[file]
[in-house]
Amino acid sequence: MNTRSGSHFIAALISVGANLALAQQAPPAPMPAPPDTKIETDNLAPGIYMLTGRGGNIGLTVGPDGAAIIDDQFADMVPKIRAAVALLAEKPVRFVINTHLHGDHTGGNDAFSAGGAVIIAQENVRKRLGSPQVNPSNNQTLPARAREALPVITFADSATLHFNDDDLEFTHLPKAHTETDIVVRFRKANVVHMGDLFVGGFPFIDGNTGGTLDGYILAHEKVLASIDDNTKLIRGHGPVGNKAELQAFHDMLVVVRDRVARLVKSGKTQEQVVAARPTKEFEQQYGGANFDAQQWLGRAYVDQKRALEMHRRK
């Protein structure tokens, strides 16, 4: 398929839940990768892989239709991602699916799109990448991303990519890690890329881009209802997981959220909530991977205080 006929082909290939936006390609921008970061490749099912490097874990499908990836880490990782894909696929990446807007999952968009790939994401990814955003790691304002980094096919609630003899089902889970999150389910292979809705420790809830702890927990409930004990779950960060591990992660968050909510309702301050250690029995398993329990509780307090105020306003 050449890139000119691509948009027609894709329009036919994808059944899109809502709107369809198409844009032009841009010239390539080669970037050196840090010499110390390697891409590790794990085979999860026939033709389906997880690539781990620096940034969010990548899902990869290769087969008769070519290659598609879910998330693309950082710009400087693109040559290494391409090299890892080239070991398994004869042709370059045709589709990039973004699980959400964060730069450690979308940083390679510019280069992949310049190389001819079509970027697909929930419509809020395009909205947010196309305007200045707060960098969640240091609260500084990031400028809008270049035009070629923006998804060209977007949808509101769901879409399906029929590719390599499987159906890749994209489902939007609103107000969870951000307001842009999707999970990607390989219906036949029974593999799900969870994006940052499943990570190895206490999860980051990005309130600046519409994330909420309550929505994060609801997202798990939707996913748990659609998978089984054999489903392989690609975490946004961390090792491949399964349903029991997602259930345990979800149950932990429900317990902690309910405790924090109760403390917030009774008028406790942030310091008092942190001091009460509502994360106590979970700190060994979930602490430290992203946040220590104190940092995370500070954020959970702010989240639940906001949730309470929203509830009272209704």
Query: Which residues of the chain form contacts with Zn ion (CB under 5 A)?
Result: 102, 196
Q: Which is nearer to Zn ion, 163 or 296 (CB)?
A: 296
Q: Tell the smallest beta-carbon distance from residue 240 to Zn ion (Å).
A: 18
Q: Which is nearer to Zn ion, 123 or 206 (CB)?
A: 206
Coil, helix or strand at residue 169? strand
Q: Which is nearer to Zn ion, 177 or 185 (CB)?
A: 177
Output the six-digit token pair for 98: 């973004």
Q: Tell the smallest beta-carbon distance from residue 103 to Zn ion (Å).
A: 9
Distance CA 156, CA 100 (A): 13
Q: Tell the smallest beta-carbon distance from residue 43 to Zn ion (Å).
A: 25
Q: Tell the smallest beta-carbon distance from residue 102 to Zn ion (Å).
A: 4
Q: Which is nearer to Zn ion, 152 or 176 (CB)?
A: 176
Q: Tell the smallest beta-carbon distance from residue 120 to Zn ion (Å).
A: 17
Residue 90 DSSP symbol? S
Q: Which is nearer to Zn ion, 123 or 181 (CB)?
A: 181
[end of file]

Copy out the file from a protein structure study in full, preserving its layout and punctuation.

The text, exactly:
[in-house]
Amino acid sequence: MNTRSGSHFIAALISVGANLALAQQAPPAPMPAPPDTKIETDNLAPGIYMLTGRGGNIGLTVGPDGAAIIDDQFADMVPKIRAAVALLAEKPVRFVINTHLHGDHTGGNDAFSAGGAVIIAQENVRKRLGSPQVNPSNNQTLPARAREALPVITFADSATLHFNDDDLEFTHLPKAHTETDIVVRFRKANVVHMGDLFVGGFPFIDGNTGGTLDGYILAHEKVLASIDDNTKLIRGHGPVGNKAELQAFHDMLVVVRDRVARLVKSGKTQEQVVAARPTKEFEQQYGGANFDAQQWLGRAYVDQKRALEMHRRK
């Protein structure tokens, strides 16, 4: 398929839940990768892989239709991602699916799109990448991303990519890690890329881009209802997981959220909530991977205080 006929082909290939936006390609921008970061490749099912490097874990499908990836880490990782894909696929990446807007999952968009790939994401990814955003790691304002980094096919609630003899089902889970999150389910292979809705420790809830702890927990409930004990779950960060591990992660968050909510309702301050250690029995398993329990509780307090105020306003 050449890139000119691509948009027609894709329009036919994808059944899109809502709107369809198409844009032009841009010239390539080669970037050196840090010499110390390697891409590790794990085979999860026939033709389906997880690539781990620096940034969010990548899902990869290769087969008769070519290659598609879910998330693309950082710009400087693109040559290494391409090299890892080239070991398994004869042709370059045709589709990039973004699980959400964060730069450690979308940083390679510019280069992949310049190389001819079509970027697909929930419509809020395009909205947010196309305007200045707060960098969640240091609260500084990031400028809008270049035009070629923006998804060209977007949808509101769901879409399906029929590719390599499987159906890749994209489902939007609103107000969870951000307001842009999707999970990607390989219906036949029974593999799900969870994006940052499943990570190895206490999860980051990005309130600046519409994330909420309550929505994060609801997202798990939707996913748990659609998978089984054999489903392989690609975490946004961390090792491949399964349903029991997602259930345990979800149950932990429900317990902690309910405790924090109760403390917030009774008028406790942030310091008092942190001091009460509502994360106590979970700190060994979930602490430290992203946040220590104190940092995370500070954020959970702010989240639940906001949730309470929203509830009272209704």
Query: Which residues of the chain form contacts with Zn ion (CB under 5 A)?
Result: 102, 196
Q: Which is nearer to Zn ion, 163 or 296 (CB)?
A: 296
Q: Tell the smallest beta-carbon distance from residue 240 to Zn ion (Å).
A: 18
Q: Which is nearer to Zn ion, 123 or 206 (CB)?
A: 206
Coil, helix or strand at residue 169? strand
Q: Which is nearer to Zn ion, 177 or 185 (CB)?
A: 177
Output the six-digit token pair for 98: 């973004």
Q: Tell the smallest beta-carbon distance from residue 103 to Zn ion (Å).
A: 9
Distance CA 156, CA 100 (A): 13
Q: Tell the smallest beta-carbon distance from residue 43 to Zn ion (Å).
A: 25
Q: Tell the smallest beta-carbon distance from residue 102 to Zn ion (Å).
A: 4
Q: Which is nearer to Zn ion, 152 or 176 (CB)?
A: 176
Q: Tell the smallest beta-carbon distance from residue 120 to Zn ion (Å).
A: 17
Residue 90 DSSP symbol? S
Q: Which is nearer to Zn ion, 123 or 181 (CB)?
A: 181